you cheeky little...
As a show of good faith with our bass brethren I will answer your questions
1 - It's always beneficial to have facility
with it, whether it's the best choice to use that facility is entirely down to the situation and what the individual is comfortable with. For example, in the solo to Atrophy from my band's album, there's a section with a short 3 note per string pattern that could be played with the pinky, but because of what immediately follows, I play it with the 1-2-3 combination.
The lick looks a bit like this (guitar is tuned down to drop A# in the song):
I play the 13th fret with the 3rd and 14th with the pinky because in that situation it makes more sense to me and is much easier to get up to speed. There's also some 4 note per string stuff that follows immediately after that so it makes more sense to me to fret it that way.
2 - This is a hell of a question, holy wars have been waged over this one
I'd say it's better not not anchor like that, but with some caveats:
a - If you can remain relaxed and retain free motion in your picking hand... it's not hugely important.
b - If you already play and have some facility, it's going to be more work to fix the anchor than is worth it; your efforts are better spent working on relaxation and economy of motion directly.
c - Stopping anchoring might make your playing better... but that difference isn't going to be much. It's the kind of thing that might take you from the top 0.005% of pickers to the top 0.001%, but until you're in that rarified air, I wouldn't worry about it too much.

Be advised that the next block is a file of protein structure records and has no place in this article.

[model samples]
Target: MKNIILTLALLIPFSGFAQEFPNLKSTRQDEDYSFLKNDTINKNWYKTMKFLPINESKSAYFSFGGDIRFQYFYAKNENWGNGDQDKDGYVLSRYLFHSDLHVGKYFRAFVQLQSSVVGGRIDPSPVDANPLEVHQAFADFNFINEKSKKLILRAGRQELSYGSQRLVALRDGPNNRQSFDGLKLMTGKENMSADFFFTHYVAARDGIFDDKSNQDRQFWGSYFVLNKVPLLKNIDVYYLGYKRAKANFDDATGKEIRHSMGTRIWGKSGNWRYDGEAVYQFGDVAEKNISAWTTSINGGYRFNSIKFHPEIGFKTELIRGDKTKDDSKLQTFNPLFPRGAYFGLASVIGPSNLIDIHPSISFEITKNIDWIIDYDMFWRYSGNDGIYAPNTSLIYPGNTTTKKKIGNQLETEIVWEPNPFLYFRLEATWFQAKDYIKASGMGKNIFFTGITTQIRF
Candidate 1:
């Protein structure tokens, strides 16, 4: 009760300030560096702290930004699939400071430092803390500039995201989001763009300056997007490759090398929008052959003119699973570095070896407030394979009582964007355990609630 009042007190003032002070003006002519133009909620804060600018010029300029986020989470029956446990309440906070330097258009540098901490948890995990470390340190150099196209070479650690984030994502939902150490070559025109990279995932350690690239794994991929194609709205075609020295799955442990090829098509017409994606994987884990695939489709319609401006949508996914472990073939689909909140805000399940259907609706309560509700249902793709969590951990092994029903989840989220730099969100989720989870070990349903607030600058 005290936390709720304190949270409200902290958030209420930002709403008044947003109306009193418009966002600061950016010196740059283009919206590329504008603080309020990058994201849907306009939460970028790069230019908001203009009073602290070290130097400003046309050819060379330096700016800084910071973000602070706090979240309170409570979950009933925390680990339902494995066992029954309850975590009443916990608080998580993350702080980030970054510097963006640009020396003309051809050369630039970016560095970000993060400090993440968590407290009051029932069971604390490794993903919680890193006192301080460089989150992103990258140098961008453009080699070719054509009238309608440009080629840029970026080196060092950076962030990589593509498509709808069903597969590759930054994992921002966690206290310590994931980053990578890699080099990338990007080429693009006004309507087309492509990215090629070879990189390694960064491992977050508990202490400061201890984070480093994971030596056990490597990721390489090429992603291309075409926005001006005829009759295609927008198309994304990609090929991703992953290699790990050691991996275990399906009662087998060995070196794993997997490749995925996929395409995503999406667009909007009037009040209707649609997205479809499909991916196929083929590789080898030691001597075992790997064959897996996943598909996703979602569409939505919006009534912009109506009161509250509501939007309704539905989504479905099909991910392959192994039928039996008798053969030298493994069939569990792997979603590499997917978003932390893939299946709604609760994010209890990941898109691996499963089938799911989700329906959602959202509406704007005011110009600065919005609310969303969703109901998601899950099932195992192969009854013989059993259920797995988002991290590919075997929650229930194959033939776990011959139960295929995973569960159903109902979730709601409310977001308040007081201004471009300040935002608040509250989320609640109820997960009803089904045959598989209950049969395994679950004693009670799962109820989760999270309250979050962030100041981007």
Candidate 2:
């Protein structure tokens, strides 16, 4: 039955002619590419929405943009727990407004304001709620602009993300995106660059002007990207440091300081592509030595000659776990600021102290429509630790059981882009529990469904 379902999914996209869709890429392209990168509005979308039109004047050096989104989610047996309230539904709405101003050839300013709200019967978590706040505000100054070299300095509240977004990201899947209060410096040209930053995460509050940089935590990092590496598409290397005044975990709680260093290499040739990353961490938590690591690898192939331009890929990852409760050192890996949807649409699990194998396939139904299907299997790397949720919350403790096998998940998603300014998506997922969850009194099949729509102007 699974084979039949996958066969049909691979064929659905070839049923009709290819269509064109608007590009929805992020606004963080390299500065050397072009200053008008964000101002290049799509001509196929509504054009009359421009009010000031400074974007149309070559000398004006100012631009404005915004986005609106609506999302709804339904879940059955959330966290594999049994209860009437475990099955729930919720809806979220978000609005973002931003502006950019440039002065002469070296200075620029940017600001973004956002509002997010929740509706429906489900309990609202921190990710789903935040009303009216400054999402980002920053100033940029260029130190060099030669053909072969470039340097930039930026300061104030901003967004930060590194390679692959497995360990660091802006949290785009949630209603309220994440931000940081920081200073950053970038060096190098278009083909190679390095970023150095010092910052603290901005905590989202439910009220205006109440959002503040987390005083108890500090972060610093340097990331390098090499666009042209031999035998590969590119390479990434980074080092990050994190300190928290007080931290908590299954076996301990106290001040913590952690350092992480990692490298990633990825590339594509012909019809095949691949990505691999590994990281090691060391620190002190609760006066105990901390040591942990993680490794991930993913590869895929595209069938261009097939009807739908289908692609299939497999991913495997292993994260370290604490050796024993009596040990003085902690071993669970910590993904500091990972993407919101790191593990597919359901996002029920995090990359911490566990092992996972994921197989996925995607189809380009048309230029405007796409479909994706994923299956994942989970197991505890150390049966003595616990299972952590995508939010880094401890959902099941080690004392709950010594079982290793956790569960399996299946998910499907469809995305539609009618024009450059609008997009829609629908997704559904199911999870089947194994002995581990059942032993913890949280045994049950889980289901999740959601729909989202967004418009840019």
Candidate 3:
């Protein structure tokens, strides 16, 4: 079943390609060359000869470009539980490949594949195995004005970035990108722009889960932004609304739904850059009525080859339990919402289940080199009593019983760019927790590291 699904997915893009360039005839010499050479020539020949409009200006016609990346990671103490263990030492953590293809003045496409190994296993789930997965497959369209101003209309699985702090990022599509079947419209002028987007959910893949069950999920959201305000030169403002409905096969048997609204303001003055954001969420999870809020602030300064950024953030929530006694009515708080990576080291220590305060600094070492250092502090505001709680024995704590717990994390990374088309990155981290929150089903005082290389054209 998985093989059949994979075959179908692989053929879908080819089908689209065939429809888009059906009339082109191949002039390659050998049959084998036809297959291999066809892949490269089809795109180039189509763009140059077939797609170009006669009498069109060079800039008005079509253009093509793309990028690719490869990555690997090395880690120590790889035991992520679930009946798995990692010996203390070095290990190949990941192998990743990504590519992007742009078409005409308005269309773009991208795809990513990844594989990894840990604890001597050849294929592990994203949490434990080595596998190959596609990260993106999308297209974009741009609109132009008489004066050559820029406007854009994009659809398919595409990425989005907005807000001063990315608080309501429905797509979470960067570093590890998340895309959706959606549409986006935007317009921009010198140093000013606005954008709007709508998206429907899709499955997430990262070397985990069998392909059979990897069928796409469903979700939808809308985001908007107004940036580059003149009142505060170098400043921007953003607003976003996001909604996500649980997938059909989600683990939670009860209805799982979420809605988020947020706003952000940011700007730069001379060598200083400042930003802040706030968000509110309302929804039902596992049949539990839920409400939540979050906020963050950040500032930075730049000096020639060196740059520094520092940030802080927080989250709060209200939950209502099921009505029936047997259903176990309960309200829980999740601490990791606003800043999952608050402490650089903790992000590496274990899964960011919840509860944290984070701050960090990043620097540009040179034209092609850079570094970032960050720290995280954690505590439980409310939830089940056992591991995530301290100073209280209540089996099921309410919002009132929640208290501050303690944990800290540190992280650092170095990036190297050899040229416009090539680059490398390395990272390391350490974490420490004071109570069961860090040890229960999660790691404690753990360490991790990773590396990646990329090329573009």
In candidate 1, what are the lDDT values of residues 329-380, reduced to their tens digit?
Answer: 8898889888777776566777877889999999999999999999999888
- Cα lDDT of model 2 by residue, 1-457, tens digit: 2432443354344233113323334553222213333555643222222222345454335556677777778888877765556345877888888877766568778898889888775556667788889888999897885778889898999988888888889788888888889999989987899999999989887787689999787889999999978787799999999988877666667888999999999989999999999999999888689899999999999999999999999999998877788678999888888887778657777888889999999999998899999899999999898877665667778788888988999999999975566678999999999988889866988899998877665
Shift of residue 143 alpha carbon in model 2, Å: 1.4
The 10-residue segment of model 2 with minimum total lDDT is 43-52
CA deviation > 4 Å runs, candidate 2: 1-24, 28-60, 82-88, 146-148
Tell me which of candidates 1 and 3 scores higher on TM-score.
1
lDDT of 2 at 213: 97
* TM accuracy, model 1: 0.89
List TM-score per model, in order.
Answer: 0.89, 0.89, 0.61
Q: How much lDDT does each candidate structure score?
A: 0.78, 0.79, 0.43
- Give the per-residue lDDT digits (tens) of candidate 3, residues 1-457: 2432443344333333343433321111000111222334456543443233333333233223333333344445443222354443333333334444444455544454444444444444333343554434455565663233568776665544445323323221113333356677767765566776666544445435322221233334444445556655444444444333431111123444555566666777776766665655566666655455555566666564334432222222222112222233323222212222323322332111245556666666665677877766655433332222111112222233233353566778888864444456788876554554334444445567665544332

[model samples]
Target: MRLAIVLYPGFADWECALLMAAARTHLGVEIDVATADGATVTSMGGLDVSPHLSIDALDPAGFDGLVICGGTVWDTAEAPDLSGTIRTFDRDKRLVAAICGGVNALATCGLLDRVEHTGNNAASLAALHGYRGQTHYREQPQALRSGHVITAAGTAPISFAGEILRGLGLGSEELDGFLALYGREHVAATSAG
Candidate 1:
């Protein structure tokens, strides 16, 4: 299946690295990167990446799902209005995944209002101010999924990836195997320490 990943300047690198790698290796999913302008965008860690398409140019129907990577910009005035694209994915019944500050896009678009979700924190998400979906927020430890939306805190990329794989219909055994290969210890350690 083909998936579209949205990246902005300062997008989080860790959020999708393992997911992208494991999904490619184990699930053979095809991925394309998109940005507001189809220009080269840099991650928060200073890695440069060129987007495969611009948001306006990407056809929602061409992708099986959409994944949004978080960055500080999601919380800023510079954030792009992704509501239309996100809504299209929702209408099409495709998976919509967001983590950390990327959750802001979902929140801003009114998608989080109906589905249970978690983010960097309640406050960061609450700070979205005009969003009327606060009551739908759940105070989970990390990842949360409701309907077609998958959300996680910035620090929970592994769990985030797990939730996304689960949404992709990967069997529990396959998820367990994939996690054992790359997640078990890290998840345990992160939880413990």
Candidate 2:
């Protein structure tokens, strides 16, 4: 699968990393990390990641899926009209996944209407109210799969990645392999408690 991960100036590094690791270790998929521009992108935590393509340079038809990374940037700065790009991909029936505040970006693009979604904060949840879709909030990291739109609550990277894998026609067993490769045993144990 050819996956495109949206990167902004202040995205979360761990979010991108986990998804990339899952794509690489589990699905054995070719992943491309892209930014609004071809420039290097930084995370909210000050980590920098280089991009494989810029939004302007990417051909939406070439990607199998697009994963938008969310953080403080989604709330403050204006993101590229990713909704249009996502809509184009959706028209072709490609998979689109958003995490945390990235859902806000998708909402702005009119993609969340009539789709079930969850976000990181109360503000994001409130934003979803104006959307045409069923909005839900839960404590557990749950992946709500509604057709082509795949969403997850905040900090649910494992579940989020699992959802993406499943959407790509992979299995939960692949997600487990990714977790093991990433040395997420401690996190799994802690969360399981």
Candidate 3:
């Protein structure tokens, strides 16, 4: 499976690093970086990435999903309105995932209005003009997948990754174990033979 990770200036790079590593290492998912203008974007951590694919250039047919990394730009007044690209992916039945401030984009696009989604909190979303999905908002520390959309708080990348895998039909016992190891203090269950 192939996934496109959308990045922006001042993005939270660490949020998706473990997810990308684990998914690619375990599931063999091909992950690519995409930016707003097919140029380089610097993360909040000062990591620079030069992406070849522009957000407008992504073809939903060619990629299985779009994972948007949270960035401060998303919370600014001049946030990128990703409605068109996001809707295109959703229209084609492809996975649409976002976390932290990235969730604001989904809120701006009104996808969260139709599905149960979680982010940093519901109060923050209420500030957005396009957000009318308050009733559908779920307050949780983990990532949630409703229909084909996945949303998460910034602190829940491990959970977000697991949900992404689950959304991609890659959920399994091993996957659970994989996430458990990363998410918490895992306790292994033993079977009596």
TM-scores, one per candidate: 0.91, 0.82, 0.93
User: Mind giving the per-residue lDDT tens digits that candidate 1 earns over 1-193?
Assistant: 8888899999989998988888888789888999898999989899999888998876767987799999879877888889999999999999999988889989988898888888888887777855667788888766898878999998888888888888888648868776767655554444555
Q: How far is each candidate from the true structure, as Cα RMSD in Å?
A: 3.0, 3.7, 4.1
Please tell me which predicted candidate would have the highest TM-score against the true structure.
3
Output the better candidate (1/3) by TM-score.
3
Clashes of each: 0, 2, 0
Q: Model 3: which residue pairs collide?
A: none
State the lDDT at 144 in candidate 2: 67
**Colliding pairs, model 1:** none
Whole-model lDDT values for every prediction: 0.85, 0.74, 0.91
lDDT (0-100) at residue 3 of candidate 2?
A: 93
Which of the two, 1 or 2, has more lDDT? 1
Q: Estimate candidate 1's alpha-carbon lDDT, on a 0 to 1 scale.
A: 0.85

In summation: if I were to teach someone from absolute zero, someone with no experience, I'd get them not to anchor. Teaching someone who already plays... probably make do with what's already working on the anchoring front.
3 - Both grips have their place. The default should be thumb on the back of the neck, classical style; it generally gives you the best reach and the most ergonomic position. Baseball bat should be reserved for bending and thumb-fretting only. As for whether or not you should fret with your thumb... jury's still out on that one for me. I've not practiced it much at all, so have basically no ability with it myself. Furthermore, I've seen guys like Richie Kotzen get some of the Hendrix-ish thumb-over-the-top chords by careful refingering and use of the pinky to get the bass notes.
Addendum to the thumb fretting discussion: I've seen Guthrie Govan fret some chords using thumb under
the neck, more like a cello/double bass. Man did that ever blow my mind when I first saw it. There are definitely some chords that you can only finger that way, even if they're not going to see much use. But if you're playing the kind of improvisational fusion he was playing when I saw him do it... possibly worth practicing it.
4 - There are only two answers to this.
Either it's Tom Delonge:
Or it's Robert Fripp:
Anything in between is the work of a False Prophet, and should be cast from your mind.
5 - No. A piece of music can be as technically proficient as you like, and as long as it connects with the audience, and sounds right for the mood of the music around it, then it's got plenty of soul. I'll point to the good lord Guthrie Govan as the prime example of this. Dude has possibly the greatest chops of any electric player, living or dead (arguments about Shawn Lane can go somewhere else for now), and his music makes plenty of people feel things. Myself included.
There, done. Now back to my day job